The predesigned proforma contained four parts. The first part covered the demographic data including age, gender, level of education, and past history of CED in kids. The level of education was considered as low if the participant had any education up to high school level (no education, primary, middle or high school) and high if the participant had any education post high schooling (college, institution, university). The second part contained ten multiple choice questions regarding a simple meaning and the main complaint of a five common CED including RE, squint, glaucoma, cataract, and diabetic retinopathy (DR). The third part studied the parents’ attitude towards the seriousness of CED, corrective spectacles, the efficacy of available health care services for CED and willingness of the participants to attend educational sessions about CED. The fourth part contained true or false questions regarding parents’ response to their children’s different eye complaints (red eye, itching, discharge, deviation, abnormal movements or improper vision in the classrooms or in front of televisions). The parents’ previous attendance for periodic kids’ eye examination for CED and as well as their previous attendance to CED educational sessions were discussed. The proforma was validated by the staff members of Ophthalmology and Community Medicine departments of NBU.

Data Analysis: Based on the number of people living in Arar city (2010 census) and at 95% level of confidence with an assumed precession of 5%, the minimum required sample size was 383 subjects. For questions pertaining to knowledge, persons who gave correct answers were scored as one, while persons who answered incorrectly were scored as zero. Those having scored below five out of ten were considered as having “insufficient knowledge”. All the variables were summarized and reported across the study using descriptive statistics. Comparisons were conducted using Chi-Square for binary variables. A p-value less than 0.05 was considered as statistically significant.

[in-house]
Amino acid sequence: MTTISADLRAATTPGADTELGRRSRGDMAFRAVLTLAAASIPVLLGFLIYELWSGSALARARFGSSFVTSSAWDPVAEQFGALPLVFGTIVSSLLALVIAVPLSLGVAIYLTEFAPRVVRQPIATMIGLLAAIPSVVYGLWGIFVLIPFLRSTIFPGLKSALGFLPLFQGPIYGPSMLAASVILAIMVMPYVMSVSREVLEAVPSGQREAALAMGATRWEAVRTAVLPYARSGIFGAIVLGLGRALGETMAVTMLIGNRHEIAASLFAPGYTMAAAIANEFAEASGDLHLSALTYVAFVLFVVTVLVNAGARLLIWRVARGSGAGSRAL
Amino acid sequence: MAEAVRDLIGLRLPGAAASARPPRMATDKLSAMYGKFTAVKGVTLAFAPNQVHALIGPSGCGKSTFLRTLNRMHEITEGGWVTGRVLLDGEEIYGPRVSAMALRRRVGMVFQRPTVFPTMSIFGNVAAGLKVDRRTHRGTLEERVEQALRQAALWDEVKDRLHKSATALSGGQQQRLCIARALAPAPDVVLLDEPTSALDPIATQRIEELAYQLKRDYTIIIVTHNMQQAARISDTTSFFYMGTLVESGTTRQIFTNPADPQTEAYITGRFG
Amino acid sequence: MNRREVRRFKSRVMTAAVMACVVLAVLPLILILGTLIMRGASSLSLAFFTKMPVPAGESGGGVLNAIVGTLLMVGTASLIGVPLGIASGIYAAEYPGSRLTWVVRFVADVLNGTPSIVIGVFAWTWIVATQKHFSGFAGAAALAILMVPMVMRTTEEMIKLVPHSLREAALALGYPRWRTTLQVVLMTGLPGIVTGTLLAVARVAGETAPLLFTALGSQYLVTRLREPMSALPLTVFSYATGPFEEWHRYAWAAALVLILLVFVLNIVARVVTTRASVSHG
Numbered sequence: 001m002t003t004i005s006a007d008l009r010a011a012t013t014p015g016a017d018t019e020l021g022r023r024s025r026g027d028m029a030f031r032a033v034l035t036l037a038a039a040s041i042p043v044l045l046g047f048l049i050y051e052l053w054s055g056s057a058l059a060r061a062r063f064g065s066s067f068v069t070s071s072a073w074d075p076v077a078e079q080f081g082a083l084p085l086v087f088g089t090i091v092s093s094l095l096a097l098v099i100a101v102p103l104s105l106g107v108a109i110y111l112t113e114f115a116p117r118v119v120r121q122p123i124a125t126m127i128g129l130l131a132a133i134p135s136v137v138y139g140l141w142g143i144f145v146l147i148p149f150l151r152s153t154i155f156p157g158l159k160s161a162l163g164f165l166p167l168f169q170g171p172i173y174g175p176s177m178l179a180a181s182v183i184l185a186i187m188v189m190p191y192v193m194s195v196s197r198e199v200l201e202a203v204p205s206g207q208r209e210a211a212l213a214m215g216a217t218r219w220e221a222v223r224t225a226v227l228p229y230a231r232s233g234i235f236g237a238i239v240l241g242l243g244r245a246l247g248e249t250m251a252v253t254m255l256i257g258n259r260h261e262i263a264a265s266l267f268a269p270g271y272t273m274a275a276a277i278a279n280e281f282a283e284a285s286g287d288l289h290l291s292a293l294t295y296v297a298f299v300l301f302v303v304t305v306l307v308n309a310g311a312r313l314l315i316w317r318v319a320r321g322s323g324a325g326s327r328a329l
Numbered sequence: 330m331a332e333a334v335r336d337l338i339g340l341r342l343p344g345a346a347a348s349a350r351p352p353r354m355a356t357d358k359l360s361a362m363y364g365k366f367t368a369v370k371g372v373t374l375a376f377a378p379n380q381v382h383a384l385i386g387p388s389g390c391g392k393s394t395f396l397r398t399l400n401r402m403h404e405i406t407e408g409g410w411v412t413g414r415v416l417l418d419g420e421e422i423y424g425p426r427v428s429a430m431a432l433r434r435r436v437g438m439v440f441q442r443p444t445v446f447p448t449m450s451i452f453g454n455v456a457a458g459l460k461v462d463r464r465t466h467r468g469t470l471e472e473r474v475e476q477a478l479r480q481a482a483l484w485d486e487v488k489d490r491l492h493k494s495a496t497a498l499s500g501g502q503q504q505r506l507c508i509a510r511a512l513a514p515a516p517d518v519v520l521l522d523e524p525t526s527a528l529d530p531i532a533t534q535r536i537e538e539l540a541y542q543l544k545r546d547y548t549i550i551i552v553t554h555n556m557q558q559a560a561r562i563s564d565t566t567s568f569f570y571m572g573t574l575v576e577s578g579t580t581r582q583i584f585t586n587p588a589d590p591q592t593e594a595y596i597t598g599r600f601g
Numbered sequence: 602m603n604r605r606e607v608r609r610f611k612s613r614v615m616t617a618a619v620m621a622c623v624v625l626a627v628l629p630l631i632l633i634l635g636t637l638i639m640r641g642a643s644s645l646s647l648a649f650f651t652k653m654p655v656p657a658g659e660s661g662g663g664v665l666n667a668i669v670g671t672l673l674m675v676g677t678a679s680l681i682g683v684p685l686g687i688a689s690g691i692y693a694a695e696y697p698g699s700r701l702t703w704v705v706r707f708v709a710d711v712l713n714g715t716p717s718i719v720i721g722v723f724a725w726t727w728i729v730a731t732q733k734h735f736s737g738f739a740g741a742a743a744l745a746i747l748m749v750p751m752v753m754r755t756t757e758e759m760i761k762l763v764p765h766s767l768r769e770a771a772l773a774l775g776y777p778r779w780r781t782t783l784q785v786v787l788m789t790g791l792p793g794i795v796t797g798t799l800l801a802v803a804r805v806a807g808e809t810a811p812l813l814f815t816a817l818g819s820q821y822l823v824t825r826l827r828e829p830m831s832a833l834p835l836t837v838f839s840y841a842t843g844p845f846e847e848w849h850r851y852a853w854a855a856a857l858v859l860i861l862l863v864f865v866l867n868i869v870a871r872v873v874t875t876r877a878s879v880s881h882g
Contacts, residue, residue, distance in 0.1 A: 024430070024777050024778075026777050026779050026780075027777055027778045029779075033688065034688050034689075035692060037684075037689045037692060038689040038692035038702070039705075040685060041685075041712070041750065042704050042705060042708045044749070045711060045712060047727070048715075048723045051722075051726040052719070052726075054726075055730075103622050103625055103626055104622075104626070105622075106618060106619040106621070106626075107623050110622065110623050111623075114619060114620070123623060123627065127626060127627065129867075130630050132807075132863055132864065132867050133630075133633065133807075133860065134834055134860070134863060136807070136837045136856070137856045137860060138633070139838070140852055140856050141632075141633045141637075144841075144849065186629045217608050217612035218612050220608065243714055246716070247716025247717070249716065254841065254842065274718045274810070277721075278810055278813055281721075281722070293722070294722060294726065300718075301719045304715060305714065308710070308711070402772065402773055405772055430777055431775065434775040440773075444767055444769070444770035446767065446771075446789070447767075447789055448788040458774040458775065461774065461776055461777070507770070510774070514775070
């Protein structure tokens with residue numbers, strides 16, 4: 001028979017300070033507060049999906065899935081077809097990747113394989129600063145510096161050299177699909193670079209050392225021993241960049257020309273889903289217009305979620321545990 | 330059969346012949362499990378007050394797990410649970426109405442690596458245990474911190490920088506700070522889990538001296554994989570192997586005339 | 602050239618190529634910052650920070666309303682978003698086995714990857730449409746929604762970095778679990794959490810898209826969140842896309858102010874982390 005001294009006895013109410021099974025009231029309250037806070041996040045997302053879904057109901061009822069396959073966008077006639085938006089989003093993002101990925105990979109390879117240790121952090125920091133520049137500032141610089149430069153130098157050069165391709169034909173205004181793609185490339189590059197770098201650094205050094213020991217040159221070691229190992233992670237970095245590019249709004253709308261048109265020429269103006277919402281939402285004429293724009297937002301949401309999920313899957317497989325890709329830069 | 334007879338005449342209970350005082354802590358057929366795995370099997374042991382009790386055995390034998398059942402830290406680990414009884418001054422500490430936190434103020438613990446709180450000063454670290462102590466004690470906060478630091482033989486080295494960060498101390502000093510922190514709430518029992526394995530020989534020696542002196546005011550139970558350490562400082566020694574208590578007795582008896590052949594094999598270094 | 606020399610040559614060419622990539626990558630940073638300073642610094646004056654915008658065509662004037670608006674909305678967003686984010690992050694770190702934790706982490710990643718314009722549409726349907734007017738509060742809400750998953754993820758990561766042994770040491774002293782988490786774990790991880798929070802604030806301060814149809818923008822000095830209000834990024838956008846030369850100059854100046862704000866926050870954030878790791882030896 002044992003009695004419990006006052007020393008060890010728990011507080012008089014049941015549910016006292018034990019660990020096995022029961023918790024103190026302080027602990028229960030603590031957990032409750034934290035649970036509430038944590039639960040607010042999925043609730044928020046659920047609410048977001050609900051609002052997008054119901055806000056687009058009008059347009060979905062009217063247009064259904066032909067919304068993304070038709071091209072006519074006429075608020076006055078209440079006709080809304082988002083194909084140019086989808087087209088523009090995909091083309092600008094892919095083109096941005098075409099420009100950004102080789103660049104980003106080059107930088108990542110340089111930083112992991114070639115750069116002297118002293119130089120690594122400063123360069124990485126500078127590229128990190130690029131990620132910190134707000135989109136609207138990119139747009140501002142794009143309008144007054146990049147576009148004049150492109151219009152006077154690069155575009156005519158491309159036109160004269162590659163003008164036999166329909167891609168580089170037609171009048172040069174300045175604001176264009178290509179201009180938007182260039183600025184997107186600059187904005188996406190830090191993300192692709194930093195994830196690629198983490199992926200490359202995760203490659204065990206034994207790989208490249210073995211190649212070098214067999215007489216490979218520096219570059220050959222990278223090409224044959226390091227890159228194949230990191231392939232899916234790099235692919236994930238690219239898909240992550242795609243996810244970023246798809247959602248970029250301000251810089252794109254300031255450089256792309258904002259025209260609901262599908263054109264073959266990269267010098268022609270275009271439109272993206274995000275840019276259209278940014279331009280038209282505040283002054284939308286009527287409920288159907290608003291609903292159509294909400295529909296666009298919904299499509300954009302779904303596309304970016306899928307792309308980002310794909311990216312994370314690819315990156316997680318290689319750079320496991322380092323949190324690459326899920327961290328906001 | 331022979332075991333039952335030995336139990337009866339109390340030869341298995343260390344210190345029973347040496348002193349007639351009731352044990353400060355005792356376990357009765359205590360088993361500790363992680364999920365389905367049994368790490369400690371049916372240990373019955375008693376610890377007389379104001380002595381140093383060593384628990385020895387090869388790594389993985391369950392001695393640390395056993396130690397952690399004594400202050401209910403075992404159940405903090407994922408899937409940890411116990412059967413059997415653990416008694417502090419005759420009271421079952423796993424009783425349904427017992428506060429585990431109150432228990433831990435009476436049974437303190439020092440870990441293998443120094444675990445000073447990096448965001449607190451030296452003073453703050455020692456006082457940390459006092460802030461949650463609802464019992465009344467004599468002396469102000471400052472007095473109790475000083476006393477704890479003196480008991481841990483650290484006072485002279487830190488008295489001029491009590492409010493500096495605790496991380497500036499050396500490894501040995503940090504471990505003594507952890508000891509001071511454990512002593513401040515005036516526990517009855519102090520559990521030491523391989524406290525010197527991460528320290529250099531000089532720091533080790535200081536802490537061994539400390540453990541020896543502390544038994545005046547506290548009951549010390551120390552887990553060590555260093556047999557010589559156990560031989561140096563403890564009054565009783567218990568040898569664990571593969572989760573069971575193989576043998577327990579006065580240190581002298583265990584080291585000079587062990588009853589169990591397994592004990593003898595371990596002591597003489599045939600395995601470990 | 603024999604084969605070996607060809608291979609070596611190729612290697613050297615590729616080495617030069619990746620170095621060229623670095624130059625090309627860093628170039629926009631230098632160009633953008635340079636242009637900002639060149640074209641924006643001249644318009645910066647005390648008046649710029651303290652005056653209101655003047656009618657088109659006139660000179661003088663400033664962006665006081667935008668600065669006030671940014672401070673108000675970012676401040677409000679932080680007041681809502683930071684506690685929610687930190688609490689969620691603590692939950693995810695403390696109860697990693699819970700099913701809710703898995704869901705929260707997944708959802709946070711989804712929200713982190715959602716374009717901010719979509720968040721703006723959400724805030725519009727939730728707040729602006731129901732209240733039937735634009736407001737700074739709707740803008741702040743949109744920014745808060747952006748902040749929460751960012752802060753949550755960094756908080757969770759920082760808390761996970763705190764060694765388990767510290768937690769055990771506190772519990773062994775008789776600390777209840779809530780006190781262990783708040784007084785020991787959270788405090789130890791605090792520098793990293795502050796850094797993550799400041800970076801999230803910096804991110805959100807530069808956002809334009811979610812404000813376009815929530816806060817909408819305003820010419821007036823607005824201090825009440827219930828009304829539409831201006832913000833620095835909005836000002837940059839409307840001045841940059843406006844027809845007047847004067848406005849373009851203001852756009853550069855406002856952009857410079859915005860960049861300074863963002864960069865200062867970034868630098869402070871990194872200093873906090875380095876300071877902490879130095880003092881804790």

Results

After informed consents were obtained, 1986 parents (1030 (52%) females and 956 (48%) males) were enrolled in the study. Their ages ranged from 18 to 66 years with the mean age 43.5±18.4 years. Participants’ demographic data are shown in Table 1.

The overall knowledge score for CED showed that 1126 (56.7%) participants had sufficient knowledge about CED with an average score of 6.67 [range 3-9]. Participants showed the highest awareness score for RE questions (69%), followed by cataract (55%), DR (41%), while the lowest score was for strabismus questions (37%). There was a significant difference in knowledge scores regarding ages, genders, and educational levels among the participants (Table 2).

Regarding parents’ attitude towards CED, 1701 (85.6%) considered CED as serious. While 1451 (73%) participants considered spectacles and visual aids acceptable for their kids, only 529 (26.6%) participants showed a willingness to attend any future educational session about CED for more trusted information. These attitudes were significantly affected by the different study demographic variables (Table 3). Regarding participants’ attitude towards the available health services for CED, 1344 (67.7%) were satisfied, 348 (17.5%) neutral, and 294 (14.8%) were unsatisfied (Figure 1). The effect of the demographic variables on this attitude is shown in Table 4.

As far as children’s different ocular complaints are concerned, eye deviation was the most distressing, which might force them to go for immediate medical consultation (Figure 2). The effect of the demographic variable on this attitude is shown in Table 5.